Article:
The State Of Tanzania’s Forests

Assessment Reveals Urgency To Defend Tanzania’s Forests

Several isolated patches of mountain forests support some of Tanzania’s most species-rich areas of extreme conservation concern. The Eastern Arc Mountains is a chain of 13 separate blocks formed on crystalline bedrock that contain some of the highest densities of endemic plant and animal species in the world. These forests contain at least 800 endemic vascular plant species. Diverse forests also occur on the volcanic peaks of northern Tanzania, most notably Mt. Kilimanjaro, Mt. Meru, and Ngorongoro. Montane forests also occur near Lake Tanganyika and on the Kitulo Plateau. Moorlands and afromontane grasslands on Mount Kilimanjaro, Mount Meru, and Ngorongoro support giant groundsels, lobelias and a number of Afromontane sunbirds. It is estimated that more than 70 percent of the original extent of the Eastern Arc Forests have been cleared and agriculture encroachment, grazing and fire threatens the remaining forests.

In addition to their importance for biodiversity, montane ecosystems are critical water catchments and most have been designated as catchment forest reserves. Fire and clearing removed about one-third of the forest cover on Kilimanjaro during the past 70 years; loss of these forests is considered a greater threat to sustained stream flow than disappearance of the mountain’s ice cap.

reforest Mt. Kilimanjaro

According to the Food and Agriculture Organization (FAO), about 334,280 km2, or about 35 percent, of Tanzania is forested. The FAO estimates that between 1990 and 2010, Tanzania lost an average of about one percent of its forest cover per year, and the rate of deforestation was fairly stable over these two decades. Tanzania will soon complete the country’s first ever comprehensive forest inventory, the National Forest Resources Monitoring and Assessment (NAFORMA) project.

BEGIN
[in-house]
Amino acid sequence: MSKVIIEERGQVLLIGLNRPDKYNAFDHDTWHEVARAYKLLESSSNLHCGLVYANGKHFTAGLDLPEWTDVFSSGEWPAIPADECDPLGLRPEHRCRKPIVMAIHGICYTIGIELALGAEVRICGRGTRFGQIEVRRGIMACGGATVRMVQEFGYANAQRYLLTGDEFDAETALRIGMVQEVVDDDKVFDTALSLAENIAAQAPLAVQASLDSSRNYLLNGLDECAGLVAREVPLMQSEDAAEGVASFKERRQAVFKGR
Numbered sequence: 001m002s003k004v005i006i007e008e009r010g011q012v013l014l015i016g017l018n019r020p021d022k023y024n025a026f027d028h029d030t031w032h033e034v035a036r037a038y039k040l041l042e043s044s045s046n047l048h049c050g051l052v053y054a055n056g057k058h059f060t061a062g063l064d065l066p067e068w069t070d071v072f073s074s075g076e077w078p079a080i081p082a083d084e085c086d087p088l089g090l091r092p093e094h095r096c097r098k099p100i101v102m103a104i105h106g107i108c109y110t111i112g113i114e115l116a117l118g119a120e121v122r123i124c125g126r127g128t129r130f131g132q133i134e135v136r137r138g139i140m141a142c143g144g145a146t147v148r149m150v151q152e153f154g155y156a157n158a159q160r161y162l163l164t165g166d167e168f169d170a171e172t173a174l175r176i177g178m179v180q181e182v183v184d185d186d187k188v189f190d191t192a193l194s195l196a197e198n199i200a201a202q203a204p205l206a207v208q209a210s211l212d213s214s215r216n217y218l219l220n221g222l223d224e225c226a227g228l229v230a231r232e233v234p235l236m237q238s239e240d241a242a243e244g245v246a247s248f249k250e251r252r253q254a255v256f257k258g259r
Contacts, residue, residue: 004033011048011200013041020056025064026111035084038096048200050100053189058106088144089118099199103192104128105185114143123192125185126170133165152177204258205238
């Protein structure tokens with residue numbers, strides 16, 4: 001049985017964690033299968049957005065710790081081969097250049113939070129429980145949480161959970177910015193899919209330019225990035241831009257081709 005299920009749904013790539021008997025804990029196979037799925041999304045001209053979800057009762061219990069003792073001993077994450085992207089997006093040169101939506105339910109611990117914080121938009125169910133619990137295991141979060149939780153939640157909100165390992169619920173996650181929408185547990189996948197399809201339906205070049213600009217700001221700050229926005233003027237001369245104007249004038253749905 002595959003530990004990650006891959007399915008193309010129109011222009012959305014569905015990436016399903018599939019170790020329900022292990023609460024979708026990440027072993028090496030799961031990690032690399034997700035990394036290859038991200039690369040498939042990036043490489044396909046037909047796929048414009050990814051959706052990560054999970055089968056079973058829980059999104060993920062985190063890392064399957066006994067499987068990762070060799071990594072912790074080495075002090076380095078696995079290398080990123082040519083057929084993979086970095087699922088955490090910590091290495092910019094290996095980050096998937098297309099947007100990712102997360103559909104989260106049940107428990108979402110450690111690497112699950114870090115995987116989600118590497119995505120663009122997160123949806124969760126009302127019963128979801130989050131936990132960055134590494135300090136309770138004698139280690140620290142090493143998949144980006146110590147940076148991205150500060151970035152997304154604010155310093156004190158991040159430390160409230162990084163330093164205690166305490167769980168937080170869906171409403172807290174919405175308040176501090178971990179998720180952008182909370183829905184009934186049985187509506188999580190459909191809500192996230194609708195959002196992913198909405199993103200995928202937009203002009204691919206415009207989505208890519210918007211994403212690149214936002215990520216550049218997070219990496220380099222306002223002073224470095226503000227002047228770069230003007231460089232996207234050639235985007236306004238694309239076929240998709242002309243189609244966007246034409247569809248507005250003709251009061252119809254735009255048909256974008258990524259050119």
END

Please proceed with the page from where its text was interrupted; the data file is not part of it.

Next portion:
The freshwater ecosystems of Tanzania include rivers and freshwater lakes, including Lake Victoria, Lake Tanganyika, Lake Nyasa, Lake Rukwa and Lake Chala. Saline lakes, Natron, Manyara, and Eyasi, are found in the Rift Valley. The country has nine major river basins.

Tanzania is endowed with a variety of wetland ecosystems, four of which have been designated as Wetlands of International Importance under the Ramsar Convention on Wetlands. Marine and coastal wetlands are typically associated with river deltas. The Rufiji Delta is the most extensive and ecologically important of these. The ecological status and trends of rivers and wetlands in Tanzania was reviewed in the 2011 Strategic Environmental and Social Assessment (SESA) for the National Irrigation Policy and National Irrigation Master Plan. The assessment found that in the past decade or two, the ecological integrity of many river systems and wetlands in Tanzania has decreased, often because the “majority of the irrigation schemes abstract water from seasonal rivers, which are already water stressed.” The assessment concluded that most irrigation schemes were planned without adequate attention to maintaining the level of flows and water levels to conserve sensitive freshwater and wetland habitats and species.

Mangrove forests are found in all coastal districts of Tanzania. Nine species of mangroves are found in mainland Tanzania and Zanzibar. The largest continuous mangrove forests are in the 20 Tanzania Environmental Threats and Opportunities Assessment districts of Rufiji, Kilwa, Tanga-Muheza, and Mtwara. The Rufiji Delta supports the largest mangrove forest in East Africa. It is one of Tanzania’s four Ramsar sites. Like coral reefs, mangrove forests are critical habitats with great ecological and economic value. They are keystone ecosystems because of their high productivity, producing large quantities of organic matter that serve as food for many organisms. This includes species living within the mangrove and also beyond it, since much of the organic matter produced moves to other areas of the marine environment. Mangroves serve as feeding, breeding, and nursery grounds for a great variety of invertebrates and fish, many of which move out into the ocean during their adult stages. Satellite imagery from 1990 and 2000 shows that there has been a small decrease in the overall area of mangrove coverage. In 2000 the area covered by mangroves was approximately 108,000 ha. Economically, mangroves are a source of firewood, charcoal, building poles, materials for boat construction, tannin, and traditional medicines. “Rufiji Delta has a total of 53,000 ha of mangrove forests, which is equal to 52% of mangrove forests in the country.”